I do like him going off on Flynn for transferring tip to Taylor and the newspaper article. It was nice to see him doing his job and backing up Brenda.

  • Like 1

Share this post


Link to post
1 minute ago, andromeda331 said:

I didn't either. It took several re-watches before I realized that he didn't have her back. Maybe he was saving his own ass but its crappy. He's the one who brought her to LA, dropping into her the mess. Maybe he under-estimated the grief he got for it. But you'd think he'd back her up. As much as I loathed Flynn and Taylor for their horrible treatment of Brenda they also didn't know her. As the rest of the team got to know her, show how she worked and was good at closing cases their opinions changed. But Pope did. He offered her the job because he knew her, her background, experience and because LAPD was having a huge problem with how they handled cases. He needed her help for the department and to probably save his own job. But then he doesn't back her up. Not in the arrest of Dean Kingsley. He should have trusted Brenda, backed her up or ask her about it. He keeps telling Brenda he'll take care of Taylor but he never does.

I do like him going off on Flynn for transferring tip to Taylor and the newspaper article. It was nice to see him doing his job and backing up Brenda.

Although Brenda never stabbed anyone in the back (except maybe Fritz), she was a tough cookie who could stand up to those good old boys, which we viewers might not have seen and appreciated so much if Pope, Flynn, and Taylor hadn't treated her so badly at times. 
But what I really appreciated was that sometimes all three of them did have her back too. 
While this might be due to retconning or different writers, it seemed more realistic, and kept me wondering how things would play out.

  • Like 1

Share this post


Link to post
On ‎5‎/‎5‎/‎2019 at 5:00 PM, shapeshifter said:

Although Brenda never stabbed anyone in the back (except maybe Fritz), she was a tough cookie who could stand up to those good old boys, which we viewers might not have seen and appreciated so much if Pope, Flynn, and Taylor hadn't treated her so badly at times. 
But what I really appreciated was that sometimes all three of them did have her back too. 
While this might be due to retconning or different writers, it seemed more realistic, and kept me wondering how things would play out.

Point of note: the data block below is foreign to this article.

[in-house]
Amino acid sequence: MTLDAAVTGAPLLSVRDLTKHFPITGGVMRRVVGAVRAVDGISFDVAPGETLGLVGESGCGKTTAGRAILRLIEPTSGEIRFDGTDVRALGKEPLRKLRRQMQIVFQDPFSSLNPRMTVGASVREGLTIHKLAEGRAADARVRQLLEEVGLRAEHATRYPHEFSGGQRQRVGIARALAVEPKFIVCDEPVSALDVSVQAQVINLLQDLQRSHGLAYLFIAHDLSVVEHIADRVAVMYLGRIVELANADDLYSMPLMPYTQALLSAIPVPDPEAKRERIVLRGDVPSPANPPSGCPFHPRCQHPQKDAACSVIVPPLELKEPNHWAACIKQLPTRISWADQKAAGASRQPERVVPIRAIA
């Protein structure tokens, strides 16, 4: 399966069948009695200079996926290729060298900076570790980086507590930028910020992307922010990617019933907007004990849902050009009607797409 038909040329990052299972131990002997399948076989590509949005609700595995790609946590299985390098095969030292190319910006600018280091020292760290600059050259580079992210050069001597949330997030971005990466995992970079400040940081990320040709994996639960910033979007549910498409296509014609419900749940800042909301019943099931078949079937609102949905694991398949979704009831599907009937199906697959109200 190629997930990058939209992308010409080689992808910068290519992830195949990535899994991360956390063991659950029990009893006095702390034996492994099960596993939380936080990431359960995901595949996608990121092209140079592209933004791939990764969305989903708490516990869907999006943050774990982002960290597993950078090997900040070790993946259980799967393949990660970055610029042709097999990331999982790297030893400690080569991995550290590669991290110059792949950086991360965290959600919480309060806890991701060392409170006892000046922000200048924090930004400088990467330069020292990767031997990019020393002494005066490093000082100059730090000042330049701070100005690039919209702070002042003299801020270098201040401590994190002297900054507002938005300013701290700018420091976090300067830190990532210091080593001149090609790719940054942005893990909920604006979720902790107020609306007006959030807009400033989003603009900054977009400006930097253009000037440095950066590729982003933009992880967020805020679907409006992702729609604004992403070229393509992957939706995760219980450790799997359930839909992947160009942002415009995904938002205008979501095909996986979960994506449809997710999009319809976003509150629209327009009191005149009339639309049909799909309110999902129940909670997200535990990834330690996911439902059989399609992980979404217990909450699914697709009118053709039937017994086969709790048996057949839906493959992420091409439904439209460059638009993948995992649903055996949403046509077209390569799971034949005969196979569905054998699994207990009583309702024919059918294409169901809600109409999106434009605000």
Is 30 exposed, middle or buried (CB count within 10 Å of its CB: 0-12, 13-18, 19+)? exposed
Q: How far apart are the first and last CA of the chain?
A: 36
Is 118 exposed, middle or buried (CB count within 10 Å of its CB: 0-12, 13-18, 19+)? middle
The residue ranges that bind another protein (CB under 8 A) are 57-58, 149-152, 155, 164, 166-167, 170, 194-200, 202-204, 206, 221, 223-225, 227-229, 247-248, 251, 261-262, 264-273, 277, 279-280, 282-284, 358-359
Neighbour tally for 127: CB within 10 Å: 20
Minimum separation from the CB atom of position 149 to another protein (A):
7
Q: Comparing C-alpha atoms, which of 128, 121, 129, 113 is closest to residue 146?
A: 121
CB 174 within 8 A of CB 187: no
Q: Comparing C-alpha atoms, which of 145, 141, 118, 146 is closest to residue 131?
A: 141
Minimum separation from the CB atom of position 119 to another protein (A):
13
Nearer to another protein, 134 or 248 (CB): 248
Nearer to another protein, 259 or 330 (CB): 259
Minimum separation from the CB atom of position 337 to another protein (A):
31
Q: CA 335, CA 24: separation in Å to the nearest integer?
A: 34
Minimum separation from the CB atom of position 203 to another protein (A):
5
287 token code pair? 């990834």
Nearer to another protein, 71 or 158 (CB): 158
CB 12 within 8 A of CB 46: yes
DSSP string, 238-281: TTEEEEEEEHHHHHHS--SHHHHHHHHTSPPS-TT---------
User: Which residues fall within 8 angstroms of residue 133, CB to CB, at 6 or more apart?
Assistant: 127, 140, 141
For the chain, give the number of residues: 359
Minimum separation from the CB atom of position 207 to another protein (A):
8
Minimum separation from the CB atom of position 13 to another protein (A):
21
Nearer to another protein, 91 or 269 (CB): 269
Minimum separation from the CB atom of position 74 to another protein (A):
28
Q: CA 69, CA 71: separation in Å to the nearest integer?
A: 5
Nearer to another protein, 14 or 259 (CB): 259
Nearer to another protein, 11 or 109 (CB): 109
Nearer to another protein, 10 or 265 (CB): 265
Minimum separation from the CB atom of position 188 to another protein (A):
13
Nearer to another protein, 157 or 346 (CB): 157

Probably not. It was really fun to watch her win over the squad during season one. It made it more interesting when Taylor asked for her help when his friend's son was shot in killed in Slippin and again in Cherry Bomb. 

I love Brenda's reactions to things. "He did this to eight women and only got shot once!" or "You killed him because he wouldn't take notes." or "Am I to understand you handed all the evidence including a loaded gun to a Detective Dick Tracey?

  • Like 1

Share this post


Link to post

A lot has been posted here about how Will Pope was never looking out for Brenda's best interests, which I had never really grasped,
but I think I'm finally seeing it.
Yesterday 6.10 "Executive Order" re-aired:

Quote

After two paramedics are murdered, the LAPD and the FBI's separate investigations seem to indicate that a terrorist attack is on the horizon, and Brenda must collaborate on the case with one of her competitors for the job of Chief of Police.

in which we have this dialog:

Quote

[Tommy Delk] Chief Johnson, the memorial begins in 40 minutes. If you really wanna call this off, it's now or never.
. . . 
[Will Pope] If you cancel this funeral and no bomb is found you will embarrass the department and you will never be chief.

[Brenda] I'll risk it.

[Will Pope] No, you won't. I'm canceling this memorial until further notice. My decision.

Given that at this point Will is no longer in the running for Chief of Police, this could seem like he's doing Brenda a solid.

However, I now realize that Will is gambling on the chance that if she's right in believing the funeral should be canceled (because it's the target of a terrorist bomb plot--and Brenda is frequently right about such things), and if she becomes Chief of Police, then she will see that he still has a job, whereas Tommy Delk would not, and if Brenda cancels the funeral, and there's no bomb, she definitely won't be in a position to save him. 

Later, when they're all in Will's office watching Tommy Delk get sworn in at the new Chief of Police:

Quote

[Will Pope] . . . if anybody needs me after this, I'll be in my office typing up my résumé.


  
  
  

  • Like 1

Share this post


Link to post

Will Pope is always out for himself first, and while he put up with a lot from her, he nonetheless did Brenda dirty a few times, but once he had the Chief position well in hand, he also made deals to save her job (of course, he did it as much because preserving Major Crimes, and keeping her in charge of it, made him look good since that was his brainchild and she was his pick, but he still gets points for that final stretch of season seven), so he's an interesting character.  Taylor was just a snake until the very end (and then the only reason he starts running interference for her instead of being an interference is because he knows he's going to be made Asst. Chief) and then Major Crimes, but Pope was always much more nuanced, and I liked that.  I think the show handled their history well overall, how it gave each of them blind spots for the other sometimes, but also made them both feel comfortable manipulating the other.

  • Like 2

Share this post


Link to post
49 minutes ago, Bastet said: